The government published its air quality plan for the UK this morning (December 17), which includes commitments to introduce ‘Clean Air Zones’ in five cities in England by 2020 – the same year in which the London Ultra Low Emission Zones (ULEZ) comes into force.
It means that after 2020 the ‘most polluting’ buses, taxis, coaches and lorries will be discouraged from driving in areas of Birmingham, Leeds, Nottingham, Derby and Southampton where air quality problems are seen to be ‘most serious’.
In addition, Birmingham and Leeds will also discourage the most polluting diesel vans and implement other possible measures such as park and ride schemes, signage, changes in road layouts and provision of infrastructure for alternative fuels, the government said.
However, the five Clean Air Zones (CAZs) will not affect private car owners, unlike London’s ULEZ, while newer vehicles which meet the latest emission standards will not need to pay.
Similar zones in Germany and Denmark “have been shown to lead to an improvement in air quality”, the government said, and delivering the zones by 2020 will give businesses time to prepare for the change in order to minimise the impact.
The next step will be to carry out government-funded scoping studies for the CAZs before details are laid out and consulted on by the relevant local authorities. The councils will only be able to set charges at levels designed to reduce pollution, not to raise additional revenue beyond recovering costs of the CAZs.
Environment Secretary Elizabeth Truss said: “Our Clean Air Zones are targeted on the largest vehicles, whilst not affecting car owners and minimising the impact on business. We want to ensure people can continue to drive into city centres and by targeting action at the most polluting coaches, taxis, buses and lorries we will encourage the use of cleaner vehicles.”
The government also intends to set out a “clear” national Framework for Clean Air Zones encourage their implementation elsewhere in the UK. This Framework will include “important principles that need to be consistent from city to city” such as which vehicle standards will apply.
Air quality plan
The CAZ proposals for the five English cities are part of the government’s new air quality plan to meet EU statutory nitrogen dioxide (NO2) limits across the UK “in the shortest possible time” – limits which are currently being breached in a number of UK cities and areas.
It means that the government has complied with the Supreme Court’s judgement in May that it must publish a new UK air quality plan for submissions to the European Commission before the end of 2015.
According to the government’s projections, the measures set out in the plan will see all but one – of the UK’s 43 zones meet the EU’s statutory annual average legal limit for NO2 of 40 ugm3 (microgrammes per cubic metre) by 2020. Greater London is projected to be compliant by 2025 under the plan.
A consultation on a draft of the plan closed on November 6, prompting more than 480 responses which, along with a “series of roundtable discussions with relevant industries and specialist groups”, have helped inform the final version of the plan.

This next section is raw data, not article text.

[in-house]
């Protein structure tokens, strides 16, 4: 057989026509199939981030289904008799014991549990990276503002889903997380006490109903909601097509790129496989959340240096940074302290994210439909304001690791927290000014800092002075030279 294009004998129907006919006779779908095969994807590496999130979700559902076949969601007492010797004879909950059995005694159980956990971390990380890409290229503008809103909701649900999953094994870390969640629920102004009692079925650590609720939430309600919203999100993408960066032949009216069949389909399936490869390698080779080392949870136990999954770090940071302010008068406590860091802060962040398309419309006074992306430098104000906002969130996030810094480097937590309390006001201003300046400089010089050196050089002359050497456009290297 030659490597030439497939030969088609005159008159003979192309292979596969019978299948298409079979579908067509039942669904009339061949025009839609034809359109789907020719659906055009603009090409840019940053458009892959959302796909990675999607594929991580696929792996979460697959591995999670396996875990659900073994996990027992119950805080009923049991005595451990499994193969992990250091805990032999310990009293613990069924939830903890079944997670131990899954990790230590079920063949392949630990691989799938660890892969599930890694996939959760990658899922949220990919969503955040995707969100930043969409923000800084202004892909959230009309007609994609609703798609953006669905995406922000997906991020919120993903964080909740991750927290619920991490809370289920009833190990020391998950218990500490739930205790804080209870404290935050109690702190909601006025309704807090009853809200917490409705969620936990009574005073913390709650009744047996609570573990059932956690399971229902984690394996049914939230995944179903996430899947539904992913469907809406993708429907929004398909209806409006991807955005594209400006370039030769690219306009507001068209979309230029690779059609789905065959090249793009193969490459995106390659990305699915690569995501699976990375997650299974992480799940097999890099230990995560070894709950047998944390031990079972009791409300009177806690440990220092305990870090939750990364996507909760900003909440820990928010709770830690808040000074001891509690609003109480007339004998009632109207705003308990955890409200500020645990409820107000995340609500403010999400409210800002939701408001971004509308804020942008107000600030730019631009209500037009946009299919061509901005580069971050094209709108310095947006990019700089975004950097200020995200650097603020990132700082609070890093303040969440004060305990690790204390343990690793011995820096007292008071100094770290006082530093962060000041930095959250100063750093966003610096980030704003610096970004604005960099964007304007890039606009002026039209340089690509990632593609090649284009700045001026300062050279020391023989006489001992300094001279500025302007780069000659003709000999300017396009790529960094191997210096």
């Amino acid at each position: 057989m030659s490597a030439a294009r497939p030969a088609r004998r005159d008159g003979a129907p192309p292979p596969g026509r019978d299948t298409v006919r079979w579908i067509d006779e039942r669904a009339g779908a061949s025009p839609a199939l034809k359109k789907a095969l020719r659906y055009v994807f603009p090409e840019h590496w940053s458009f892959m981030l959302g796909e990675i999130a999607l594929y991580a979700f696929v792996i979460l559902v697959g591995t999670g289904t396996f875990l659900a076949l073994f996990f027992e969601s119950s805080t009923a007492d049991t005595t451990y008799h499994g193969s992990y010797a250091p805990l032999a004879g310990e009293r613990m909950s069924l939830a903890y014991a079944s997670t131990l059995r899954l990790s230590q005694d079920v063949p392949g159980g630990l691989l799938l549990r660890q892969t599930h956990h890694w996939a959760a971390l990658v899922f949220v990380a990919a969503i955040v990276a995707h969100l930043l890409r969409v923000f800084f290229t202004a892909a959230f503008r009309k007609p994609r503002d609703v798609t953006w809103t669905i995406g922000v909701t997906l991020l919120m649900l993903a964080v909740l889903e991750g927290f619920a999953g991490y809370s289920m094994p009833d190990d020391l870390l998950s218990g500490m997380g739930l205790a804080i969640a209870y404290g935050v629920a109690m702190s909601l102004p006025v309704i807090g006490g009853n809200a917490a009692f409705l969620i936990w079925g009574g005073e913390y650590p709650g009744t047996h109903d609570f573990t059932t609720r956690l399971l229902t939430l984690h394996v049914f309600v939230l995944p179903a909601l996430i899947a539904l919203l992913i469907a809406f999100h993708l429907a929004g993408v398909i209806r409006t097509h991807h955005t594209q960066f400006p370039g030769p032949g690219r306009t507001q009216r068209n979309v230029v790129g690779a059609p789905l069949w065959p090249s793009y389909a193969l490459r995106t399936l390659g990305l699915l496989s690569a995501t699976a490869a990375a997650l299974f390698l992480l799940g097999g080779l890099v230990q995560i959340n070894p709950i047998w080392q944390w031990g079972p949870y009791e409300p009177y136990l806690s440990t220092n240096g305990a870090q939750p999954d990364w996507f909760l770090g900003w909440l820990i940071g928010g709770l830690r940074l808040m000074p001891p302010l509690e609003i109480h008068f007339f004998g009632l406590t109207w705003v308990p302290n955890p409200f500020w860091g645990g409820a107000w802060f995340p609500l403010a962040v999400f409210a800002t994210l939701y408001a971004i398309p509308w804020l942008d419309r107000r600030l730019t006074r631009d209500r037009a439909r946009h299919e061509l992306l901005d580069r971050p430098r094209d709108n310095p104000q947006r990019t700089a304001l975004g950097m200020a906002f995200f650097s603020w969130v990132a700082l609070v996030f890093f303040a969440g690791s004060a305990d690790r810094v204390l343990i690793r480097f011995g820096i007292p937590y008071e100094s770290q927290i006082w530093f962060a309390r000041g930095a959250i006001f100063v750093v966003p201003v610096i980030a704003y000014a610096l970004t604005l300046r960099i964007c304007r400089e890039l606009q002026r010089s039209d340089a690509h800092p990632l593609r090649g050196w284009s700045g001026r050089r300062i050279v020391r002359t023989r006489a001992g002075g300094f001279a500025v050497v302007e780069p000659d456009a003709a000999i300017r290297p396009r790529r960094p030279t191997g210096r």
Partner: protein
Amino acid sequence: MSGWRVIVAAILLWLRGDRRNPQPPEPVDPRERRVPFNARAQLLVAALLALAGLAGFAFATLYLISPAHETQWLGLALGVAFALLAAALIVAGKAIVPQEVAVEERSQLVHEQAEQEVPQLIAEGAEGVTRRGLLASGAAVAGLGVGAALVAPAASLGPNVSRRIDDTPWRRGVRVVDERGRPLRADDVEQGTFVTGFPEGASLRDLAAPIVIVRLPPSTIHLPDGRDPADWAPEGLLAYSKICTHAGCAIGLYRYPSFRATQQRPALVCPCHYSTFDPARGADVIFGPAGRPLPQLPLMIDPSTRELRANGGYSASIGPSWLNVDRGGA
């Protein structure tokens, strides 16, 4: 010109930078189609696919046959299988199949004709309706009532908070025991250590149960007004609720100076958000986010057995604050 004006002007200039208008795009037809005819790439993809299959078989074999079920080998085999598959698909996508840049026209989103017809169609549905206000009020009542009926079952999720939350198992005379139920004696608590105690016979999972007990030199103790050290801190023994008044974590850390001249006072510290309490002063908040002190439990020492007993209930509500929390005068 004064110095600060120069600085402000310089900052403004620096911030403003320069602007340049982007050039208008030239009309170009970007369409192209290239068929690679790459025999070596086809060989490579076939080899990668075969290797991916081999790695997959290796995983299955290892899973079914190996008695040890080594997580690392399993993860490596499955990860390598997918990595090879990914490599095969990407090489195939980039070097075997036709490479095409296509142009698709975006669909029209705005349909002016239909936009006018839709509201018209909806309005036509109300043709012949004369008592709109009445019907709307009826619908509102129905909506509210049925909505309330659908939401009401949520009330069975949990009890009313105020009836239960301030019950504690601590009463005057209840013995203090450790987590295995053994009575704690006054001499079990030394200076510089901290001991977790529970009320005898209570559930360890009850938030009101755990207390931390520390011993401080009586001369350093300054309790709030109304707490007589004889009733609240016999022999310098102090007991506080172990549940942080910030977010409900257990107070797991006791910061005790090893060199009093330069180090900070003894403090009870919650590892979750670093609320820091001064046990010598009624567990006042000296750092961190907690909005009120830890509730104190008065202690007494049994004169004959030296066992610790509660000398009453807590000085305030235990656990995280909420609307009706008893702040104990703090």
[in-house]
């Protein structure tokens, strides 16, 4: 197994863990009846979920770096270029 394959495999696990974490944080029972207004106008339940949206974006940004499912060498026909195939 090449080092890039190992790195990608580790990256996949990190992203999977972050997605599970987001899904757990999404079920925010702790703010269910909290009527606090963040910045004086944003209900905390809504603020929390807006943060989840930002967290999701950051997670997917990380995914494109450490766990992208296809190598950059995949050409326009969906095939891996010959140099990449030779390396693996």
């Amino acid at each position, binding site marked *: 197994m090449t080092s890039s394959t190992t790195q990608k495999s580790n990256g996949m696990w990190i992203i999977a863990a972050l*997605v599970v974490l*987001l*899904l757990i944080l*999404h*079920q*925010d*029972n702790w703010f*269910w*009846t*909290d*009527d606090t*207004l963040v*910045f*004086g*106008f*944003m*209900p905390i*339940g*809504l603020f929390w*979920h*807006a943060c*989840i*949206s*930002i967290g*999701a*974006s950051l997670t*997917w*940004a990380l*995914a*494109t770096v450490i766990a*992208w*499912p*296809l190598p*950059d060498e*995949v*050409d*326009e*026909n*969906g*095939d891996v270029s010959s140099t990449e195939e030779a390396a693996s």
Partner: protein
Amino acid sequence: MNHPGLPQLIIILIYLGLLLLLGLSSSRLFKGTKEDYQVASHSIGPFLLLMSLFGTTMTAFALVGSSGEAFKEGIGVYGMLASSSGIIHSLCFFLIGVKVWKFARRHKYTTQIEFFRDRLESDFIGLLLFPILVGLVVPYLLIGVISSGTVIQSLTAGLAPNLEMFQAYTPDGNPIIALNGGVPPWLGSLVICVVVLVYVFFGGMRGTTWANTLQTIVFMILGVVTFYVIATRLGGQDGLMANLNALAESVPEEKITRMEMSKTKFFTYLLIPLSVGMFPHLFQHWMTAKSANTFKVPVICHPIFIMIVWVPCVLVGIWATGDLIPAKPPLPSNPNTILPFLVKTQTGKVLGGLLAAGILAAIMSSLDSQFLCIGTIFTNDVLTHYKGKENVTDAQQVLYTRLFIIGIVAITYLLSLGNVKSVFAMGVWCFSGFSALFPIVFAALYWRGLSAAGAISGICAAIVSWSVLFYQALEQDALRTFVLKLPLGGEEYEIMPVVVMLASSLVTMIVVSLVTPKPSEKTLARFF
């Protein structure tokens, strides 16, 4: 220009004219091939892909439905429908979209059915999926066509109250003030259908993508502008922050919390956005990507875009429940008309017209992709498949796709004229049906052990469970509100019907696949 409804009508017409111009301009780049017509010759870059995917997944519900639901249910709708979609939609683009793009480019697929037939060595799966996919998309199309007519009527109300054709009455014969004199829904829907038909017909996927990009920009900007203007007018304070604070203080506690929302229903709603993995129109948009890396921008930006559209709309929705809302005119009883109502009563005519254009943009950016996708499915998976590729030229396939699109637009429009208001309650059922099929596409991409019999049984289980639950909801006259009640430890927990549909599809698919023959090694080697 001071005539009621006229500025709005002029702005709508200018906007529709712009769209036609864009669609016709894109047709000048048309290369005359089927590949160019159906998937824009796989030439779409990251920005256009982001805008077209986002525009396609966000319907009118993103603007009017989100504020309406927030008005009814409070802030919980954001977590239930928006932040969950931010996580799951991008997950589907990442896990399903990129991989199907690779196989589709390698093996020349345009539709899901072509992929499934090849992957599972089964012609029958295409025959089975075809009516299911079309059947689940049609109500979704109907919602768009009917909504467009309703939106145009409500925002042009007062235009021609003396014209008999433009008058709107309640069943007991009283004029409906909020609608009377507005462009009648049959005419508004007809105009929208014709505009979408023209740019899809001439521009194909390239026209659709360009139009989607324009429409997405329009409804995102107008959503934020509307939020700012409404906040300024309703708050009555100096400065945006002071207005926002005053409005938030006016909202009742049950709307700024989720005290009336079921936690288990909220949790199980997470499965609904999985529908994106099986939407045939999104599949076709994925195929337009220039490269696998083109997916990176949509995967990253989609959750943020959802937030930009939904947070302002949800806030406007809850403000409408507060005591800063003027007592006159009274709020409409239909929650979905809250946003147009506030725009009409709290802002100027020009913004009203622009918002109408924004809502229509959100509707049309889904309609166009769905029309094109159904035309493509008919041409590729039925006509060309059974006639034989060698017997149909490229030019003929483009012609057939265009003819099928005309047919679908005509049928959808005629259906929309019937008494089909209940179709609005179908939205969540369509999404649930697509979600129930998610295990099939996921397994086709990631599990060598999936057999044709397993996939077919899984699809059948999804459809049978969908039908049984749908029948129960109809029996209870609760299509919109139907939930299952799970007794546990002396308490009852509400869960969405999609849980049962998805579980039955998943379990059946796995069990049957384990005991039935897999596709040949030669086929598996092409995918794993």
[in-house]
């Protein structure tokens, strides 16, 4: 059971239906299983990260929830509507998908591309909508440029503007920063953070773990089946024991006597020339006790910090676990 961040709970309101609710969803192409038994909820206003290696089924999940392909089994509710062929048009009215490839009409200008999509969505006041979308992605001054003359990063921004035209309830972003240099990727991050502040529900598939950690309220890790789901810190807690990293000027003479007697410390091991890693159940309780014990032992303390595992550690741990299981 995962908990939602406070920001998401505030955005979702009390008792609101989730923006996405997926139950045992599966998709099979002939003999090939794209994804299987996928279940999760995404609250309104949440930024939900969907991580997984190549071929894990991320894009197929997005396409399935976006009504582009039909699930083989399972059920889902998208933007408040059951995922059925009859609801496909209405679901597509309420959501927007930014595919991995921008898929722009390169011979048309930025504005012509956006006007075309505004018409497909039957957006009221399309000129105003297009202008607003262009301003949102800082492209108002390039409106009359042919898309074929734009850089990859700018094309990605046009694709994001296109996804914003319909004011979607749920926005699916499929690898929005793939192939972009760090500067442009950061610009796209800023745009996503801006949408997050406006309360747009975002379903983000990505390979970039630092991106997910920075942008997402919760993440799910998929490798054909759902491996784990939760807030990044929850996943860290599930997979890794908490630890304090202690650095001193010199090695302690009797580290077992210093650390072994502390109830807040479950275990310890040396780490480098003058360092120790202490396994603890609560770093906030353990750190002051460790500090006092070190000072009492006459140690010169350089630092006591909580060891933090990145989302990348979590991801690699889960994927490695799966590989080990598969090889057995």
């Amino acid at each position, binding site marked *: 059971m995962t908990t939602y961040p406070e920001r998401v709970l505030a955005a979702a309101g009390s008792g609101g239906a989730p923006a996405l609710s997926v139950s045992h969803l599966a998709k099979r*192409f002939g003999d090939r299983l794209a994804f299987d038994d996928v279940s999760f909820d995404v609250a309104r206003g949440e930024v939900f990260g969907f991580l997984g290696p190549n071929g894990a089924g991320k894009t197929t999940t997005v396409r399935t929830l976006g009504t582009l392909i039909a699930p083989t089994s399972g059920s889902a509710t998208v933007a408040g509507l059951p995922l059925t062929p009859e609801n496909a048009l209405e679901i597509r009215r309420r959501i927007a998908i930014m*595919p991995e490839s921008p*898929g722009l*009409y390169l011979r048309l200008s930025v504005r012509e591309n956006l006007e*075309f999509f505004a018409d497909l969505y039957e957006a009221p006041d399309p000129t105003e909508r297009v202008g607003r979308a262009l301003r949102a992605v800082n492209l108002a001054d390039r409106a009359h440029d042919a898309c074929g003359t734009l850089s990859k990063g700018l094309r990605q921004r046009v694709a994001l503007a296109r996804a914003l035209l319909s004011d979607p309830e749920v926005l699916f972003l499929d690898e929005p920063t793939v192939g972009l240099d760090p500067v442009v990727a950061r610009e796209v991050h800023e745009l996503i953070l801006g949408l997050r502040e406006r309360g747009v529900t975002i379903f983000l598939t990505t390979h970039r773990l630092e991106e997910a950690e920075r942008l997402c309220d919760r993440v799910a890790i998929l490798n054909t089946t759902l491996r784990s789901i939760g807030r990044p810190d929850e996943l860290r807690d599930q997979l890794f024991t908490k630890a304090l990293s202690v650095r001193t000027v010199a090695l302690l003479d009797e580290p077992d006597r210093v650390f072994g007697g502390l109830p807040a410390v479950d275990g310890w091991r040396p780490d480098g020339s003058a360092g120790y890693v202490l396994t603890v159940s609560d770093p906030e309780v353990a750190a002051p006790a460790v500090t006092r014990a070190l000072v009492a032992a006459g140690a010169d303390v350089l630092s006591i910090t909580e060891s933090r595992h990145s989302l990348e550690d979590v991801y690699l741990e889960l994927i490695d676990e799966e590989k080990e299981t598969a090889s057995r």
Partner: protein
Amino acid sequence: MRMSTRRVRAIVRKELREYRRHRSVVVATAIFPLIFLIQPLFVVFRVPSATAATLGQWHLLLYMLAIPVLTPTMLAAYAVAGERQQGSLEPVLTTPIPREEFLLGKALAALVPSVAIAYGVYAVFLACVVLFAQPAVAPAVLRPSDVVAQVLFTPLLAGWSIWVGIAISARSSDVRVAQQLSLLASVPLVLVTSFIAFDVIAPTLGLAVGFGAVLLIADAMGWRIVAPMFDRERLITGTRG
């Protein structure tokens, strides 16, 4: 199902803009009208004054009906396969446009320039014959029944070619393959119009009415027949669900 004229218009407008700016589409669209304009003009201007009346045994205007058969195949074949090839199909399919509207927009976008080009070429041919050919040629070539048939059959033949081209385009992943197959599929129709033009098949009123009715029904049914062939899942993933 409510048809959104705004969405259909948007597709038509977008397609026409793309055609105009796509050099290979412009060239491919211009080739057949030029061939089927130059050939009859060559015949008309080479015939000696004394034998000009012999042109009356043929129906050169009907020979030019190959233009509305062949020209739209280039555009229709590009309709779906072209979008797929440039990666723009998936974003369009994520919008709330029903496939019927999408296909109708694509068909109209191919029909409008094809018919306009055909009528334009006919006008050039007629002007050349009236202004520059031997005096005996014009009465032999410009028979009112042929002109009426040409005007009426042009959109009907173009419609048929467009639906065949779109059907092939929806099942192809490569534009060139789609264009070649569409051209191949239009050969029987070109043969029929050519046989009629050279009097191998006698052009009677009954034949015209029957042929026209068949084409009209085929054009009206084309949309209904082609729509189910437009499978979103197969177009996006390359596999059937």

Documents published today include: individual local plans for each of the 38 UK zones where the government has identified air quality issues with NO2, the list of UK and national measures for England, Scotland, Wales and Northern Ireland; and the technical report on the modelling and assessment methodology used on the preparation of the plan.
The consultation also prompted environmental NGO ClientEarth to threaten the Department for the Environment, Food and Rural Affairs (Defra) with further legal action over what it described as a “shambles” of a plan (see AirQualityNews.com story).
And, on publication of the final version of the plan today, ClientEarth again suggested that further court action was a possibility, but that it needed more time to look at the documents in greater detail.
ClientEarth air quality lawyer, Alan Andrews, said: “In April, the Supreme Court ordered the government to come up with a plan to achieve legal pollution limits as soon as possible. The Government’s latest plan for clean air zones doesn’t tackle pollution from passenger cars – one of the biggest sources of pollution, and ignores the problem in dozens of other cities where people are breathing illegal levels of pollution.
ClientEarth’s air quality lawyer Alan Andrews said today: “In April, the Supreme Court ordered the government to come up with a plan to achieve legal pollution limits as soon as possible. The Government’s latest plan for clean air zones doesn’t tackle pollution from passenger cars – one of the biggest sources of pollution, and ignores the problem in dozens of other cities where people are breathing illegal levels of pollution.
“We need to study these plans in detail but on first glance they don’t seem to achieve air quality standards we want to see, as soon as possible. If on further examination we are not fully satisfied, and we believe that thousands more lives will be put at risk, then we will take the government back to court in the new year. “